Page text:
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Ransomware group says it will release stolen London Drugs data

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Threat analyst Brett Callow said his cybersecurity company was aware of the demand “almost immediately” due to trackers on the dark net

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A ransomware gang is threatening to release confidential data it claims to have stolen from London Drugs if it isn’t paid $25 million by Thursday.

The retailer and pharmacy chain closed all of its 79 stores in Western Canada after a cybersecurity breach was discovered on April 28.

Stores weren’t fully reopened until May 7.

On Tuesday, London Drugs confirmed to the Times Colonist that the cyberattack was orchestrated by a “sophisticated group of global cybercriminals” that took electronic files from its corporate head office.

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While the company did not name the group responsible for the attack, ransomware syndicate LockBit on Tuesday posted a notice on a dark-web site where stolen information is posted threatening to release the data it had stolen unless it was paid $25 million in the next 48 hours.

Shawnigan Lake-based threat analyst Brett Callow said his cybersecurity company, Emsisoft, was aware of the listing “pretty much straightaway” due to trackers the company has on the dark net.

LockBit claimed that London Drugs had offered to pay an $8 million ransom, without providing any evidence.

The group also did not provide any details about the data it claims to have stolen.

In response to questions from the Times Colonist, London Drugs said it is “unwilling and unable to pay ransom to these cybercriminals.”

The company reiterated that it believes no customer, patient or “primary employee” databases were compromised.

“Should this change as the investigation continues, we will notify affected individuals in accordance with privacy laws,” it said, adding that a review of the cyber incident is still continuing.

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London Drugs is taking “all available steps” to mitigate impacts from the ransom attack, including notifying all of its current employees of the potential effects, the statement said.

It is providing 24 months of free credit monitoring and identity-theft protection services, the statement said.

The company did not make anyone available for an interview Tuesday.

Callow said there’s no reason to believe there’s any connection between any of the recent cyberattacks that hit B.C.-based organizations, such as the B.C. Libraries Cooperative and the three cybersecurity attacks on the provincial government since April 10.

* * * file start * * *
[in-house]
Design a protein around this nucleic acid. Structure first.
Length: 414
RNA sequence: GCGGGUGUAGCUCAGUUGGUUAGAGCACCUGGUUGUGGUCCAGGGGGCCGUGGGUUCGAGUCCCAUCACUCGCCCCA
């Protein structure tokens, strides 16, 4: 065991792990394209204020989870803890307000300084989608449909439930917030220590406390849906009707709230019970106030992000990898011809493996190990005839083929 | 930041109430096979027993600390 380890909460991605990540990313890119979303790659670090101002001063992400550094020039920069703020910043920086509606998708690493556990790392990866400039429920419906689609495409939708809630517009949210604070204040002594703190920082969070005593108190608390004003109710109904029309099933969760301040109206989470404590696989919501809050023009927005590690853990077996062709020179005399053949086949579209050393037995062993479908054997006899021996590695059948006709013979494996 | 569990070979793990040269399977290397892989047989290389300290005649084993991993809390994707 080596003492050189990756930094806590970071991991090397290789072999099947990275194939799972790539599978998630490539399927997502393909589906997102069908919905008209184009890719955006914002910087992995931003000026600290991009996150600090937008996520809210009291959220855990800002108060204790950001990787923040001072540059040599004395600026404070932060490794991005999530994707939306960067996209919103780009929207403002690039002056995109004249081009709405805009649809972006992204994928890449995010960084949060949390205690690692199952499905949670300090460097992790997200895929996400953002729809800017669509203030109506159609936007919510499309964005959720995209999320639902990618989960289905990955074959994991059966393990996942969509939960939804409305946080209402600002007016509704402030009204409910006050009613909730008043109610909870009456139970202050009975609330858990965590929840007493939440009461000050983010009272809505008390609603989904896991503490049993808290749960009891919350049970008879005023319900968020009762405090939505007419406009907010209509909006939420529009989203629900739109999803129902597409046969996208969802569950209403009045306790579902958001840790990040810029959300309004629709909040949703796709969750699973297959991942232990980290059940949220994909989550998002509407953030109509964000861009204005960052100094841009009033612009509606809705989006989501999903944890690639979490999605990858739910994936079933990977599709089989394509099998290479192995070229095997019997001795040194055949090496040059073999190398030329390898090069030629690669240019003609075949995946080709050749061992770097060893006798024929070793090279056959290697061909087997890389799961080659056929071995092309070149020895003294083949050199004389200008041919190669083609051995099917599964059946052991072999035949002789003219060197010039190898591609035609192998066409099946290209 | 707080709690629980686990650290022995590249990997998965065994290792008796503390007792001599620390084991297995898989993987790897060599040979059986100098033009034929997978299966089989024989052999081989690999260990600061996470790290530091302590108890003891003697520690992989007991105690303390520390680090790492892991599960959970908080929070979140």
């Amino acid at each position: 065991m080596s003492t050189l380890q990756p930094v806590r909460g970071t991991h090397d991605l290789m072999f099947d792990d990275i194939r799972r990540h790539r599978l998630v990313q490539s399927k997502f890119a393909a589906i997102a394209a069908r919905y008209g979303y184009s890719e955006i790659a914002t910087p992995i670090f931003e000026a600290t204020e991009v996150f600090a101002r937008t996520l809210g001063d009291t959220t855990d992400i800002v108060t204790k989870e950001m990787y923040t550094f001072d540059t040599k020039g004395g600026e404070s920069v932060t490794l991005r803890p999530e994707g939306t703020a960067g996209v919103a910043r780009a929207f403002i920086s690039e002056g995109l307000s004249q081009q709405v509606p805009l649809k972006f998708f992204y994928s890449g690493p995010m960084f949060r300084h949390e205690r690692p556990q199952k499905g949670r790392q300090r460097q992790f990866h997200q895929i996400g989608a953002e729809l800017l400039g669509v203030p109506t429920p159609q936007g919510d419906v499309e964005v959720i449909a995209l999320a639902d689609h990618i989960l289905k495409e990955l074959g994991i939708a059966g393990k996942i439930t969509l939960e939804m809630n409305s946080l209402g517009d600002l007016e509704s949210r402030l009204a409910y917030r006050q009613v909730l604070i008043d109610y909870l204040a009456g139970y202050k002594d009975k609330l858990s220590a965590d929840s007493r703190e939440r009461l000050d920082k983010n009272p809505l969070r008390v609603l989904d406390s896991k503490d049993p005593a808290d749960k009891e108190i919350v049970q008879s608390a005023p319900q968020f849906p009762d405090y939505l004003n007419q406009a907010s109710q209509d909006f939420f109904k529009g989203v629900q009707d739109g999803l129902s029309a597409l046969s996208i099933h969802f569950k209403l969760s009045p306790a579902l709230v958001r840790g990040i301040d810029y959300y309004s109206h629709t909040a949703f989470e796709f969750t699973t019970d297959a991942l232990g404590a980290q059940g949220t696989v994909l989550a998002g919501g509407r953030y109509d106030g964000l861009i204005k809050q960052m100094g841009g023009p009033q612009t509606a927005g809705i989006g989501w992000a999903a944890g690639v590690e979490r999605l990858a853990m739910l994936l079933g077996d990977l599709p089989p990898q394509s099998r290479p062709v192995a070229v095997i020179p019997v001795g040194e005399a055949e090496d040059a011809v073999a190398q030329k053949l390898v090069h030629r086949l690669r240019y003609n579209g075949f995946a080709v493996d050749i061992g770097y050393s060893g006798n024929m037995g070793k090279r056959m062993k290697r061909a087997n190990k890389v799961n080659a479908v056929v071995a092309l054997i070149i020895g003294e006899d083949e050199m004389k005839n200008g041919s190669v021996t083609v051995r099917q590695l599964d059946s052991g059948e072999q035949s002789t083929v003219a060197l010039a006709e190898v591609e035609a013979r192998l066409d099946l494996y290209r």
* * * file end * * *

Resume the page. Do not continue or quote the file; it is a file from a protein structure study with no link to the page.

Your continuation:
“The government and London Drugs will undoubtedly have been in contact, but there are thousands of these incidents every year.”

LockBit alone had several dozen ransomware threats on its site on Tuesday. The group is among the most prolific ransomware syndicates in the world, accounting for 23 per cent of nearly 4,000 attacks globally last year, according to cybersecurity firm Palo Alto Networks.

There is a “very real risk” that LockBit will carry out its threat and release the data if the ransom isn’t paid, Callow said.

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It’s impossible to know exactly what information the group has obtained from London Drugs, he said.

“I’ve seen numerous past cases where organizations have had to walk back their initial statements … they had to admit that it had been compromised when the ransomware group released the data.”

In February, law-enforcement agencies led by Britain’s National Crime Agency arrested two people in Poland and Ukraine and seized 200 cryptocurrency accounts in an international operation targeting LockBit.

At the time, U.S. Attorney General Merrick Garland said the agencies obtained decryption keys that could help victims decrypt their captured systems and regain access to their data during that bust.

One dual Russian-Canadian national, Mikhail Vasiliev, is in custody in Canada in connection with LockBit and is awaiting extradition to the United States.

Authorities have said that there’s no evidence that LockBit, which is dominated by Russian-speakers and does not attack former Soviet nations, is a state-backed group.

London Drugs has about 8,000 employees, according to its website.

Read more stories from the Times Colonist here.

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